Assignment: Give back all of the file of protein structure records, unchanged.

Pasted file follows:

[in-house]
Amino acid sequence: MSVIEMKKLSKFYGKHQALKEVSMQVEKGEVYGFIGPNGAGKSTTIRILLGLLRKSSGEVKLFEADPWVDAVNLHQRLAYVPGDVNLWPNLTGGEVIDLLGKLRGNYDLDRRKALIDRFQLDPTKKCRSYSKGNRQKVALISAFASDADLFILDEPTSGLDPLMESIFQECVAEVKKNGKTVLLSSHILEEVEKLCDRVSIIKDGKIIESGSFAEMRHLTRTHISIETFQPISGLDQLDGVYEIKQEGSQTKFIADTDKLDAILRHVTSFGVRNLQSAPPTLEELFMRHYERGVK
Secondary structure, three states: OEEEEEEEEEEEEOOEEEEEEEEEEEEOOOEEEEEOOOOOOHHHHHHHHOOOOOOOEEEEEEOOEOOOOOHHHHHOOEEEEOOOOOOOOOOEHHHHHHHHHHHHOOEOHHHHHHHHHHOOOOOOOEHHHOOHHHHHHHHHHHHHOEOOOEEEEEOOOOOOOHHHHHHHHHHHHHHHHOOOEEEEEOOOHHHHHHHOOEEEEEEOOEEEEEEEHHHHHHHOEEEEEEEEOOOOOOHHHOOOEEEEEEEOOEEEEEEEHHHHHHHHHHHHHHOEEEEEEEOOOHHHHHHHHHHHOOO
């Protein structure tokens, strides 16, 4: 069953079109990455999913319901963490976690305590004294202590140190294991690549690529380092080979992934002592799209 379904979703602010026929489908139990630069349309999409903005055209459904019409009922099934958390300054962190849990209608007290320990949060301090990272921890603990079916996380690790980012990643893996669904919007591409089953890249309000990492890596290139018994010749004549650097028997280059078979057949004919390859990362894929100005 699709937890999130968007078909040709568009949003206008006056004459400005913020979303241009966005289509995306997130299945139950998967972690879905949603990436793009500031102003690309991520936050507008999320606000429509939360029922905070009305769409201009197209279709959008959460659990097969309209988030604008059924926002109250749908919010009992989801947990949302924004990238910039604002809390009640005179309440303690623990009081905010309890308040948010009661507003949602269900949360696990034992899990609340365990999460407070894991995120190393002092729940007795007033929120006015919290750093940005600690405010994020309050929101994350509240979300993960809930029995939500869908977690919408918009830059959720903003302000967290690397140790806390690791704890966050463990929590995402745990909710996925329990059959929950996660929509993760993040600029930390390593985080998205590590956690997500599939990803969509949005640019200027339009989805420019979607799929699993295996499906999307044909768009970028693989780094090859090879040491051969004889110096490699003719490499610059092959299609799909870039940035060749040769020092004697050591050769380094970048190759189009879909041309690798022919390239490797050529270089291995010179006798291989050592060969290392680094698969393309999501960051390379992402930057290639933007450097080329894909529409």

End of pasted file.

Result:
[in-house]
Amino acid sequence: MSVIEMKKLSKFYGKHQALKEVSMQVEKGEVYGFIGPNGAGKSTTIRILLGLLRKSSGEVKLFEADPWVDAVNLHQRLAYVPGDVNLWPNLTGGEVIDLLGKLRGNYDLDRRKALIDRFQLDPTKKCRSYSKGNRQKVALISAFASDADLFILDEPTSGLDPLMESIFQECVAEVKKNGKTVLLSSHILEEVEKLCDRVSIIKDGKIIESGSFAEMRHLTRTHISIETFQPISGLDQLDGVYEIKQEGSQTKFIADTDKLDAILRHVTSFGVRNLQSAPPTLEELFMRHYERGVK
Secondary structure, three states: OEEEEEEEEEEEEOOEEEEEEEEEEEEOOOEEEEEOOOOOOHHHHHHHHOOOOOOOEEEEEEOOEOOOOOHHHHHOOEEEEOOOOOOOOOOEHHHHHHHHHHHHOOEOHHHHHHHHHHOOOOOOOEHHHOOHHHHHHHHHHHHHOEOOOEEEEEOOOOOOOHHHHHHHHHHHHHHHHOOOEEEEEOOOHHHHHHHOOEEEEEEOOEEEEEEEHHHHHHHOEEEEEEEEOOOOOOHHHOOOEEEEEEEOOEEEEEEEHHHHHHHHHHHHHHOEEEEEEEOOOHHHHHHHHHHHOOO
């Protein structure tokens, strides 16, 4: 069953079109990455999913319901963490976690305590004294202590140190294991690549690529380092080979992934002592799209 379904979703602010026929489908139990630069349309999409903005055209459904019409009922099934958390300054962190849990209608007290320990949060301090990272921890603990079916996380690790980012990643893996669904919007591409089953890249309000990492890596290139018994010749004549650097028997280059078979057949004919390859990362894929100005 699709937890999130968007078909040709568009949003206008006056004459400005913020979303241009966005289509995306997130299945139950998967972690879905949603990436793009500031102003690309991520936050507008999320606000429509939360029922905070009305769409201009197209279709959008959460659990097969309209988030604008059924926002109250749908919010009992989801947990949302924004990238910039604002809390009640005179309440303690623990009081905010309890308040948010009661507003949602269900949360696990034992899990609340365990999460407070894991995120190393002092729940007795007033929120006015919290750093940005600690405010994020309050929101994350509240979300993960809930029995939500869908977690919408918009830059959720903003302000967290690397140790806390690791704890966050463990929590995402745990909710996925329990059959929950996660929509993760993040600029930390390593985080998205590590956690997500599939990803969509949005640019200027339009989805420019979607799929699993295996499906999307044909768009970028693989780094090859090879040491051969004889110096490699003719490499610059092959299609799909870039940035060749040769020092004697050591050769380094970048190759189009879909041309690798022919390239490797050529270089291995010179006798291989050592060969290392680094698969393309999501960051390379992402930057290639933007450097080329894909529409």